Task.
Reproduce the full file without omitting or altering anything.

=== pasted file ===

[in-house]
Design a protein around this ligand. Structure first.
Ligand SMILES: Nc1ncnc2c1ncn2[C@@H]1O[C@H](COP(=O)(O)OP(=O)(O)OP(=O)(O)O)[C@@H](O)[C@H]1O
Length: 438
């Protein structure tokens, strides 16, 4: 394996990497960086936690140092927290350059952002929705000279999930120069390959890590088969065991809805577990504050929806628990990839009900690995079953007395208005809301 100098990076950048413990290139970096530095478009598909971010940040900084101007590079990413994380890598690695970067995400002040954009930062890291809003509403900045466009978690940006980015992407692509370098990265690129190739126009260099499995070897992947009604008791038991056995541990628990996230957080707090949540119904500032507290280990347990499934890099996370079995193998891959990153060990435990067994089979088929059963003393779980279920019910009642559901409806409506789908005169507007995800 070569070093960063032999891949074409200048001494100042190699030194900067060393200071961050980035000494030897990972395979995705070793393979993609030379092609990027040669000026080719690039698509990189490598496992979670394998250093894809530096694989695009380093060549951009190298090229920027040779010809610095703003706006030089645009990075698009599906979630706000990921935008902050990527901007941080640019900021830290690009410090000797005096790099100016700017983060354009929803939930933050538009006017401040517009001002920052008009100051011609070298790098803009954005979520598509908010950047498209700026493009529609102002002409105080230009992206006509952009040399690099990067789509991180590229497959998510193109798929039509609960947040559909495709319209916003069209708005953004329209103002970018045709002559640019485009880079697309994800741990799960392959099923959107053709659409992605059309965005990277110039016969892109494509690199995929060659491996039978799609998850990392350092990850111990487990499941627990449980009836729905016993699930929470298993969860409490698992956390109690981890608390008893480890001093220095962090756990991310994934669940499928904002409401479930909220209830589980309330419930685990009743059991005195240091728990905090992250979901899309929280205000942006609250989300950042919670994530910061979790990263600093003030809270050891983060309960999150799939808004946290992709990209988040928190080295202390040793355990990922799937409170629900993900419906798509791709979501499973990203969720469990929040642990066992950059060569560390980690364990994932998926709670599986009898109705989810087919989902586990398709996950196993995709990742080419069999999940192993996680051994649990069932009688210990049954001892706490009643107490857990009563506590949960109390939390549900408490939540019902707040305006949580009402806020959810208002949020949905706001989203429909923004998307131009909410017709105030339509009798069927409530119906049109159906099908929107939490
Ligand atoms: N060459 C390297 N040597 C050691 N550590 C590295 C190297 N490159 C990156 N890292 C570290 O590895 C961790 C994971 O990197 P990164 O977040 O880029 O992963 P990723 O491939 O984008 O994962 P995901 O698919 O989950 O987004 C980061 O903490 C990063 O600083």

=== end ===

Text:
[in-house]
Design a protein around this ligand. Structure first.
Ligand SMILES: Nc1ncnc2c1ncn2[C@@H]1O[C@H](COP(=O)(O)OP(=O)(O)OP(=O)(O)O)[C@@H](O)[C@H]1O
Length: 438
């Protein structure tokens, strides 16, 4: 394996990497960086936690140092927290350059952002929705000279999930120069390959890590088969065991809805577990504050929806628990990839009900690995079953007395208005809301 100098990076950048413990290139970096530095478009598909971010940040900084101007590079990413994380890598690695970067995400002040954009930062890291809003509403900045466009978690940006980015992407692509370098990265690129190739126009260099499995070897992947009604008791038991056995541990628990996230957080707090949540119904500032507290280990347990499934890099996370079995193998891959990153060990435990067994089979088929059963003393779980279920019910009642559901409806409506789908005169507007995800 070569070093960063032999891949074409200048001494100042190699030194900067060393200071961050980035000494030897990972395979995705070793393979993609030379092609990027040669000026080719690039698509990189490598496992979670394998250093894809530096694989695009380093060549951009190298090229920027040779010809610095703003706006030089645009990075698009599906979630706000990921935008902050990527901007941080640019900021830290690009410090000797005096790099100016700017983060354009929803939930933050538009006017401040517009001002920052008009100051011609070298790098803009954005979520598509908010950047498209700026493009529609102002002409105080230009992206006509952009040399690099990067789509991180590229497959998510193109798929039509609960947040559909495709319209916003069209708005953004329209103002970018045709002559640019485009880079697309994800741990799960392959099923959107053709659409992605059309965005990277110039016969892109494509690199995929060659491996039978799609998850990392350092990850111990487990499941627990449980009836729905016993699930929470298993969860409490698992956390109690981890608390008893480890001093220095962090756990991310994934669940499928904002409401479930909220209830589980309330419930685990009743059991005195240091728990905090992250979901899309929280205000942006609250989300950042919670994530910061979790990263600093003030809270050891983060309960999150799939808004946290992709990209988040928190080295202390040793355990990922799937409170629900993900419906798509791709979501499973990203969720469990929040642990066992950059060569560390980690364990994932998926709670599986009898109705989810087919989902586990398709996950196993995709990742080419069999999940192993996680051994649990069932009688210990049954001892706490009643107490857990009563506590949960109390939390549900408490939540019902707040305006949580009402806020959810208002949020949905706001989203429909923004998307131009909410017709105030339509009798069927409530119906049109159906099908929107939490
Ligand atoms: N060459 C390297 N040597 C050691 N550590 C590295 C190297 N490159 C990156 N890292 C570290 O590895 C961790 C994971 O990197 P990164 O977040 O880029 O992963 P990723 O491939 O984008 O994962 P995901 O698919 O989950 O987004 C980061 O903490 C990063 O600083």